White Professor Sues TSU, Alleging Racial Discrimination

It's tough out there for a white dude.
It's tough out there for a white dude.

A white Texas Southern University physics professor is suing the historically black school for discrimination, saying he's been harassed, ridiculed and denied promotions, among other things.  

Christopher Tymczak, who has taught at TSU since 2006, alleges that his continued persecution by his department chairman — who is black — has caused hypertension, severe depression, "excessive anger and irritability," and "Barrettes esophagus (a recognized pre-cancerous condition)."

Filed in a Houston federal court last month, the lawsuit seeks relief for damages to Tymczak's "personal and professional reputation; humiliation and emotional distress; serious injury to his health, and loss of enjoyment of life."  But Tymczak told KHOU earlier this month that he's not motivated by money, saying that he wants to continue at TSU.  

"I want [the discrimination] to end so I can go back to my teaching," Tymczak said. "I love teaching." 

To bolster his allegations against Physics Department Chairman Carlos Handy, who is not a defendant in the suit, Tymczak cites other non-black faculty who witnessed, or were subject to, Handy's supposed racism. 

And that's where things start to get ridiculous. 

Tymczak cites Handy's mistreatment of a former physics professor of Chinese descent, Rambis Chu, saying Handy caused Chu's termination "by promoting and supporting accusations" that "were without any factual merit."

In truth, Chu was fired in 2009, after a university committee found that he had plagiarized work from a University of Houston professor in a grant proposal. But that didn't stop Chu from suing TSU in 2010, accusing Handy of calling him a "lazy Chink."

And while Tymczak holds out Chu as a fellow victim of racism, Chu's own lawsuit called Tymczak one of Handy's "cronies." Chu also questioned Tymczak's qualifications and claimed that Tymczak started off with a much higher salary.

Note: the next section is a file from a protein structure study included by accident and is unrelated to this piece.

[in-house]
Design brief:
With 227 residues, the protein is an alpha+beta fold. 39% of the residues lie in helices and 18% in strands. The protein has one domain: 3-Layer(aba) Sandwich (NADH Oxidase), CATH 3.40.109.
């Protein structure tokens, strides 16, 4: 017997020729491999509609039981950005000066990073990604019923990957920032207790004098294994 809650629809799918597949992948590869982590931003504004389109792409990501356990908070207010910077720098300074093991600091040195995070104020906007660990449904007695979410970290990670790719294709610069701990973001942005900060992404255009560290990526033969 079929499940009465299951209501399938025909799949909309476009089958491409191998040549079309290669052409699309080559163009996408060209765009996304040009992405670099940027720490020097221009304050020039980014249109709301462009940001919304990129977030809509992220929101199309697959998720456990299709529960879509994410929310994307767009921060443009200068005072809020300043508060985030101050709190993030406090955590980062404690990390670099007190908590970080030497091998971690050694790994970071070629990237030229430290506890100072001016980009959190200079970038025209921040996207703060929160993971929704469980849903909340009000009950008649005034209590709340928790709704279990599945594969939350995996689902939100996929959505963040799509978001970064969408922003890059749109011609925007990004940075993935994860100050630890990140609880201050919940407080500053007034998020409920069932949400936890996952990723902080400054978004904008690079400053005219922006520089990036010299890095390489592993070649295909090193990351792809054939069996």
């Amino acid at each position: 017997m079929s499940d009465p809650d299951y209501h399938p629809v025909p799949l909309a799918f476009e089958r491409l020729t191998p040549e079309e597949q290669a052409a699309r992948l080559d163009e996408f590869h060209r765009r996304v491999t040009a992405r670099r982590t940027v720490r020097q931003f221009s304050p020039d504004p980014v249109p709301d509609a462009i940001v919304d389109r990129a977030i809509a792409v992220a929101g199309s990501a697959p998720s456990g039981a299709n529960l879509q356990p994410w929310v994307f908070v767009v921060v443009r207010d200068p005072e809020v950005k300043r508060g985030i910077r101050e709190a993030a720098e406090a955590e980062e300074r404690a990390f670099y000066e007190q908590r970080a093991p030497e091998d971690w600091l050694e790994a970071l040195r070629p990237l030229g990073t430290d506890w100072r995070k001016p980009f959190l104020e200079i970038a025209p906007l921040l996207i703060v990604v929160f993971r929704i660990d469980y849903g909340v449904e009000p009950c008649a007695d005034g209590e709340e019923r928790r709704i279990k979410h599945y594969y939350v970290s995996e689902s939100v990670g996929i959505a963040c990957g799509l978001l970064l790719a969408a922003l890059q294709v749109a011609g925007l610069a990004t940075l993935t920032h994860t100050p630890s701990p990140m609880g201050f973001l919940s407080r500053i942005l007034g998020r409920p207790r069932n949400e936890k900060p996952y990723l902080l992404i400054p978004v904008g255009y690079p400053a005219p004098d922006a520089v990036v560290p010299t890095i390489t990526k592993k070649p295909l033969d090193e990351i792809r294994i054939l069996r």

"Tymczak had never been faculty and had no formal college teaching experience before his employment at TSU," Chu claimed. "He was hired as an associate professor with 9-month salary of $80,000." Chu claimed that Tymczak was one of two white physics professors who received preferential treatment, with Tymczak allegedly given a special research position that Chu had also applied for. 

Former physics department program coordinator Clancy Weeks, a white ex-faculty staff member who's also referenced in Tymczak's suit, told the Houston Press that Handy could be erratic and vindictive. Tymczak's suit alleges that Handy disparaged Weeks's "ability and performance."

Weeks, who said his position was terminated after budget cuts, said Handy "bullied" members of the committee that found Chu guilty of plagiarism, and that he also "tampered with a witness," by allegedly bullying the plagiarized University of Houston professor into testifying against Chu.

Chu had been a postdoctoral researcher for the professor, John Miller. Court records show that Miller initially called for Chu's resignation after he was discovered to have copied a chunk of Miller's paper without attribution, but subsequently chalked it up to miscommunication and cultural misunderstanding. Miller stated in an email that Chu "never had any intent to commit fraud or engage in unethical behavior." Ultimately, the university's committee disagreed. 

"He gets it in his head that people are out to get him," Weeks said of Handy. "He's had physical confrontations with students. He's dressed down teachers in front of their class...We're all amazed that he's still at the university, to be honest with you." 

Tymczak's lawsuit also accuses Handy of making "an unsolicited and baseless public attack on the reputation" of engineering professor Rasoul Saneifard. 

Saneifard declined comment and referred the Press  to the university's general counsel. A TSU spokesman said he could not comment on pending litigation. 

Things became stranger September 16, when Tymczak was charged with forgery, for allegedly forging a university human resources officer's signature on paperwork for a hardship withdrawal from his insurance policy. Court records do not indicate how much, if anything, was actually withdrawn.  We have been unable to reach Tymczak for comment, but will update accordingly. 

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